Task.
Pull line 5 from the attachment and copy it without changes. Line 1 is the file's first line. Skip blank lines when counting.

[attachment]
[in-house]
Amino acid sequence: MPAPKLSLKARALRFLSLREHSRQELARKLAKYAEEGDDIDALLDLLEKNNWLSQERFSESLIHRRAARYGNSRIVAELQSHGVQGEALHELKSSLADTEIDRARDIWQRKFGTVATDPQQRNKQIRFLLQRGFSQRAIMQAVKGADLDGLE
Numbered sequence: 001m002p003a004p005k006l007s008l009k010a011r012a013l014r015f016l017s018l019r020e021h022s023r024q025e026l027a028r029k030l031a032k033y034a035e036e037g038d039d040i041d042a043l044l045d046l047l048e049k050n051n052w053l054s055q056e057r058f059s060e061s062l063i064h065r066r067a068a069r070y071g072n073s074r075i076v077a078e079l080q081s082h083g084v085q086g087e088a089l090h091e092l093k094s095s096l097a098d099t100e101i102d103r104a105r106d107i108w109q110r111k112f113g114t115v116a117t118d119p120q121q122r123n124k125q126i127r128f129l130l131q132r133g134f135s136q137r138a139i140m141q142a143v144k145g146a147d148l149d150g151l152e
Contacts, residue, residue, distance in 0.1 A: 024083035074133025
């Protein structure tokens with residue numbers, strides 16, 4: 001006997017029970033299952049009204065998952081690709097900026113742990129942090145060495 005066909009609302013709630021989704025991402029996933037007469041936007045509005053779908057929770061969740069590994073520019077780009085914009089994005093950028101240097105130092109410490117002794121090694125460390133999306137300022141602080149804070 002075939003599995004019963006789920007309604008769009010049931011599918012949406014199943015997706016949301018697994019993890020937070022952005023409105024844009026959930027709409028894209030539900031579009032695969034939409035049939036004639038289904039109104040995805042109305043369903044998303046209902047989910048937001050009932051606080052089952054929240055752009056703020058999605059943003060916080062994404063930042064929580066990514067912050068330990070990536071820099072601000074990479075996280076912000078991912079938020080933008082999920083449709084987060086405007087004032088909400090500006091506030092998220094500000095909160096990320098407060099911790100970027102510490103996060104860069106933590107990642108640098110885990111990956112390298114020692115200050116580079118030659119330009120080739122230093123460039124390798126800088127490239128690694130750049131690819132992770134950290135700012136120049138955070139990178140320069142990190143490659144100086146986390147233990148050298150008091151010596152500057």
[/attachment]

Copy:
């Protein structure tokens with residue numbers, strides 16, 4: 001006997017029970033299952049009204065998952081690709097900026113742990129942090145060495 005066909009609302013709630021989704025991402029996933037007469041936007045509005053779908057929770061969740069590994073520019077780009085914009089994005093950028101240097105130092109410490117002794121090694125460390133999306137300022141602080149804070 002075939003599995004019963006789920007309604008769009010049931011599918012949406014199943015997706016949301018697994019993890020937070022952005023409105024844009026959930027709409028894209030539900031579009032695969034939409035049939036004639038289904039109104040995805042109305043369903044998303046209902047989910048937001050009932051606080052089952054929240055752009056703020058999605059943003060916080062994404063930042064929580066990514067912050068330990070990536071820099072601000074990479075996280076912000078991912079938020080933008082999920083449709084987060086405007087004032088909400090500006091506030092998220094500000095909160096990320098407060099911790100970027102510490103996060104860069106933590107990642108640098110885990111990956112390298114020692115200050116580079118030659119330009120080739122230093123460039124390798126800088127490239128690694130750049131690819132992770134950290135700012136120049138955070139990178140320069142990190143490659144100086146986390147233990148050298150008091151010596152500057």